When photographing Art by nature I (Nicola) focus on patterns formed by colours, textures, and shapes to compose and highlight (details of) creatures looking like little pieces of art already all by themselves.
Nature: Our daily inspiration
Nature is calling us. Calming and soothing, as well as adventurous and stimulating. That’s where Yoeri and I get our inspiration, recharge our batteries, have fun, and find peace, especially at the sea. When we get away from the ocean, we quickly feel cut off, like floating without an anchor, longing for our doses of Vitamin Sea. Fortunately working on photo and video material is getting us back into the feeling. Nature isn’t just there to make us feel good and connected or provide a pretty background for our lives – or photographs thereof. Essential for all of us, yet underappreciated and mistreated. Nevertheless, there still is so much to be discovered, captured, learnt, and shared to connect and protect.
Photography: Where nature takes me
Nature can be phenomenal, overwhelming, epic – and everybody wants to take a shot at that point. But nature also shows its beauty in details – no matter where you are – nothing new to macro lovers. I love looking for compositions, particularly patterns formed by colours, textures, and shapes. Nature is an endless provider of subjects without a clear subject, leaving room for imagination as well as interpretation.
Everybody sees and experiences the world differently. In the end, the final photo is just one of the many possibilities to take that shot. Therefore nature photography for me doesn’t have to be realistic. Photographing adds yet another dimension to my experience of nature, forcing me to really observe, choose, and focus, it helps to clear my mind. Ultimately, the more I practice with my camera system (particularly underwater) the quicker I can reach an almost meditative state, being in the zone, then and there when nothing else matters.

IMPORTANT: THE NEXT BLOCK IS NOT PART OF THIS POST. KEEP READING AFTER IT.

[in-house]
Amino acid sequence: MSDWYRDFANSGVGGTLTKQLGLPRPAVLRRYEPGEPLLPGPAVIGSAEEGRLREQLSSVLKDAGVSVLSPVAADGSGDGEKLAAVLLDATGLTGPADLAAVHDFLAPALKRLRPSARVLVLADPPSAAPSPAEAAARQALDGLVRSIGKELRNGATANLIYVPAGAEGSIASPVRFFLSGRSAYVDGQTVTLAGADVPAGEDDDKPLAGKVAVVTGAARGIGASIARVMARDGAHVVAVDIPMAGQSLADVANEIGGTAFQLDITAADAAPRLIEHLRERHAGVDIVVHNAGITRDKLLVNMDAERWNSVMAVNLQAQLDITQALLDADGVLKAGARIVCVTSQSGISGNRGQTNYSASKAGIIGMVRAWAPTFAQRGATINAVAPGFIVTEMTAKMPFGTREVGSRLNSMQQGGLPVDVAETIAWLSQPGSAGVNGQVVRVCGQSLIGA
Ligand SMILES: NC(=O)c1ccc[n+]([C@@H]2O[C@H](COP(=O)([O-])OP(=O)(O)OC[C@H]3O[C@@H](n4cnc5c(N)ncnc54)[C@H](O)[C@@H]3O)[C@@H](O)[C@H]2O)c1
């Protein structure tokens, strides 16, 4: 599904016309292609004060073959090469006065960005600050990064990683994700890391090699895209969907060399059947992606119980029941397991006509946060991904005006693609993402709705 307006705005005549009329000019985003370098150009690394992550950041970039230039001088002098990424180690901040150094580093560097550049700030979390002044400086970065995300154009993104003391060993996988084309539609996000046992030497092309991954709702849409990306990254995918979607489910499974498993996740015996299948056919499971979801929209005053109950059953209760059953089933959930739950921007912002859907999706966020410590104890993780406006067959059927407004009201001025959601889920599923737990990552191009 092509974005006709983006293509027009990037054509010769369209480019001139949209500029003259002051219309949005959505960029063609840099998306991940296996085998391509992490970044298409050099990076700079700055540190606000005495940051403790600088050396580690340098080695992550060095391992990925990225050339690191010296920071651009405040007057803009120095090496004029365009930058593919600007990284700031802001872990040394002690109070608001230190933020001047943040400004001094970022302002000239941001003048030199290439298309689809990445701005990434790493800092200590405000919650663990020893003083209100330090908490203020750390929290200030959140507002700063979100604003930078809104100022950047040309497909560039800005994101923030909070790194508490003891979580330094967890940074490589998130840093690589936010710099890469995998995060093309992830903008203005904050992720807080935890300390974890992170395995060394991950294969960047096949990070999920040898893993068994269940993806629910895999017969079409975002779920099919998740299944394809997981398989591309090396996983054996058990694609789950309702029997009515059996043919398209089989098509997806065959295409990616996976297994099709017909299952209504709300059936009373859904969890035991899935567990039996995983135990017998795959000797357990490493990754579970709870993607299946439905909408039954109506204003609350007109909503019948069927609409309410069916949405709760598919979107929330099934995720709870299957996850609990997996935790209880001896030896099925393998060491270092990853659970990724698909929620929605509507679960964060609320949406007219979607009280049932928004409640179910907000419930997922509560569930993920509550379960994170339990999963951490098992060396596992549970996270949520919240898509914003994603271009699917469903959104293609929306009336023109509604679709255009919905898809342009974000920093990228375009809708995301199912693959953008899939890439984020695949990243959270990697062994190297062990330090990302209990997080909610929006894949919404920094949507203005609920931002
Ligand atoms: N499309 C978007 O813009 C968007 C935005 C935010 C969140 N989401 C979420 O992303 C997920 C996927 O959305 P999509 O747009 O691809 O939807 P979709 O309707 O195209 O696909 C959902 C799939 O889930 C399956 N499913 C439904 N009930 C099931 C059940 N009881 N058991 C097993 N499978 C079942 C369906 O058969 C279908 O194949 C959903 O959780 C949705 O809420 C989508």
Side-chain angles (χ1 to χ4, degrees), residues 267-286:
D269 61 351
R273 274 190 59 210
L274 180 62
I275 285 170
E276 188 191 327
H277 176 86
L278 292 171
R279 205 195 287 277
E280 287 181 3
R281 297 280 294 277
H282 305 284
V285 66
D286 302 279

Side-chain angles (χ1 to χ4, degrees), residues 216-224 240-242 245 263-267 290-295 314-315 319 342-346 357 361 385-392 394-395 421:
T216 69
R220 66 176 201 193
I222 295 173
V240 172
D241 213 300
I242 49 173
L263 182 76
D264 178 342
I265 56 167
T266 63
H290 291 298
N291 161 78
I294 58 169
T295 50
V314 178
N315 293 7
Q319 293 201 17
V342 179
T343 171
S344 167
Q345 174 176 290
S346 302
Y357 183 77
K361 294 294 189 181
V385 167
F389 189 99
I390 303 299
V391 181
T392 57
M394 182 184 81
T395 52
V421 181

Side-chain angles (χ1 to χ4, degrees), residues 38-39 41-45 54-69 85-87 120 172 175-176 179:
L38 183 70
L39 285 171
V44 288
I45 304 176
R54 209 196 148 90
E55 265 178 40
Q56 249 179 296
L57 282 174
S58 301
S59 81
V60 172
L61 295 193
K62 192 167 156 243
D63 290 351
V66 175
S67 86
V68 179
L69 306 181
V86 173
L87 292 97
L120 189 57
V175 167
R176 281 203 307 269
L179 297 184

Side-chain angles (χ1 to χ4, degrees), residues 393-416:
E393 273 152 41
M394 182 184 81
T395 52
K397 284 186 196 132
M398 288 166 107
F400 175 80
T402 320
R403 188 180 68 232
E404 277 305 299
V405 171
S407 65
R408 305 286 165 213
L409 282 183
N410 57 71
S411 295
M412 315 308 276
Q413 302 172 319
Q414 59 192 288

Art by nature: Photos mostly taken underwater
I can get totally lost in details when scanning the reef. Some creatures are little artworks in themselves and just deserve to be presented in all their glory. Photographs in art by nature don’t have to be based on small subjects. As we see the bigger picture only when taking a step back, patterns reveal themselves when we change our point of view or shift the angle. No matter what’s your focus, there is plenty to work with. Dive right into it (NO cropped pictures in this gallery. Why? Read more on photography, composition, design, and storytelling below the pictures).
The composition is key in photographing Art by nature
Time to plan, check, adjust, and repeat – especially underwater
The composition of the photograph is fundamental when capturing art presented by nature. Therefore I take my time to find the angle, field of view, camera settings, and position of the flashes supporting my idea and evaluate the results after a couple of shots. Sounds like the standard procedure to any photographer on land, many divers taking pictures I’ve observed over the years actually don’t. Since there is always another subject or the group is waiting, most just shoot and hope for the best. After all, bottom time and air are limited too.
Thanks to powerful photography software one can adjust a lot in post-production. But the composition can only be altered, not completely changed. This is why some people always leave more negative space than needed so they can crop and tilt later. It works as a make-shift solution and is especially useful with (fast) moving subjects. Nevertheless, I prefer to get it right on the spot. Of course, I’ve cropped to make a composition stronger or change from landscape to portrait (good tips in Dive Photo Guide: Underwater Photography Cropping Guide). But for my part of the art in photographing Art by nature is to choose a strong composition in the process of taking the picture. The final look, however, can still be played within post-production. Therefore I’m happy to say no crops in this section. All photos in this gallery were taken exactly with the field of view shown here (which does not exclude the use of other postproduction tools).